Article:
The first step in applying the saving clause is to "consider the 'common-sense view' of the term 'regulates insurance'", Howard v. Gleason Corp., 901 F.2d 1154, 1158 (2d Cir. 1990), which in turn "suggests that 'in order to regulate insurance, a law must not just have an impact on the insurance industry, but must be specifically directed toward that industry.'" Id. (emphasis in original) (quoting Pilot Life Ins. Co. v. Dedeaux, 481 U.S. 41, 50, 107 S. Ct. 1549, 1554, 95 L. Ed. 2d 39 (1987); see Travelers Ins. Co. v. Cuomo, 14 F.3d 708, 1993 WL 558414, at *13, 1993 U.S. App. LEXIS 27746, at *42 (2d Cir. Oct. 25, 1993, as amended Jan. 14, 1994), petition for cert. filed, 62 U.S.L.W. 3625 (U.S. Mar. 9, 1994) (Nos. 93-1408, 93-1414, 93-1415). Under this common-sense analysis, § 3214 regulates insurance. It specifies the dates from which interest on life insurance proceeds is to be calculated, and is thus particularly directed toward the insurance industry.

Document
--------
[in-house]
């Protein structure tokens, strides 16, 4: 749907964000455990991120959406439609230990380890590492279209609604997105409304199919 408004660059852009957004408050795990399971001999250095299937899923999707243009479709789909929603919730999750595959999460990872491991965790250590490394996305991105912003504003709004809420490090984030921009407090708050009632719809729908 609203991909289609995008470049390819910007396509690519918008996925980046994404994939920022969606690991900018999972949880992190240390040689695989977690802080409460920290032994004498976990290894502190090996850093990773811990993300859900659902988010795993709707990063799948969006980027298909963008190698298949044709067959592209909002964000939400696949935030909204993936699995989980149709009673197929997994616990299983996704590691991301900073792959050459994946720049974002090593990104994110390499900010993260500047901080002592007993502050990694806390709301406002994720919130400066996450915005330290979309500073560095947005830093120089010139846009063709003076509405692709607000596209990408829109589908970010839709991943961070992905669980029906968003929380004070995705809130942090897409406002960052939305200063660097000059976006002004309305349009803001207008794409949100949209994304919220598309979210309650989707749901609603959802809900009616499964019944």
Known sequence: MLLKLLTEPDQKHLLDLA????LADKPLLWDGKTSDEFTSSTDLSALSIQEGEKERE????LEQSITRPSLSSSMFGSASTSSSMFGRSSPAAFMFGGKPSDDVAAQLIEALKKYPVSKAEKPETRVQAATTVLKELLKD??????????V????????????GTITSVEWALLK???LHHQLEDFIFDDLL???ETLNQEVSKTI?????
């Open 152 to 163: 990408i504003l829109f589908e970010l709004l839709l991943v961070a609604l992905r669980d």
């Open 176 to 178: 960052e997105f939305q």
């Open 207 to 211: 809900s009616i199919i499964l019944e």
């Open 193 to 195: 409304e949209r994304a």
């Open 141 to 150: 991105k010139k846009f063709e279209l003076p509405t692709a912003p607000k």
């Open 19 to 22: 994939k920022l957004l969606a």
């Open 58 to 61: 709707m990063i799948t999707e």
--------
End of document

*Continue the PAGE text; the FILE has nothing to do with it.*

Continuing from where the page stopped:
The next step of the analysis is to consider
whether the law satisfies the three criteria developed for determining whether a practice constitutes "the business of insurance" within the meaning of the McCarran-Ferguson Act. Those criteria are: "'First, whether the practice has the effect of transferring or spreading a policyholder's risk; second, whether the practice is an integral part of the policy relationship between the insurer and the insured; and third, whether the practice is limited to entities within the insurance industry.'"
Travelers Ins, Co., 14 F.3d 708, 1993 WL 558414 at *13, 1993 U.S. App. LEXIS 27746 at *42-43 (citations omitted). These criteria bolster the conclusion that ERISA's saving clause encompasses § 3214. Because § 3214 mandates payment of interest from the date of an insured's death, it increases the cost, and therefore the risk, of the policy to the insurer. Because § 3214 regulates the method for computation of interest on the principal to be paid a beneficiary, it affects the total amount paid to the beneficiary, which is "an integral part of the policy relationship between the insurer and the insured." Because it directly regulates life insurance contracts, rather than expressing a general rule of law, it is "limited to entities within the insurance industry."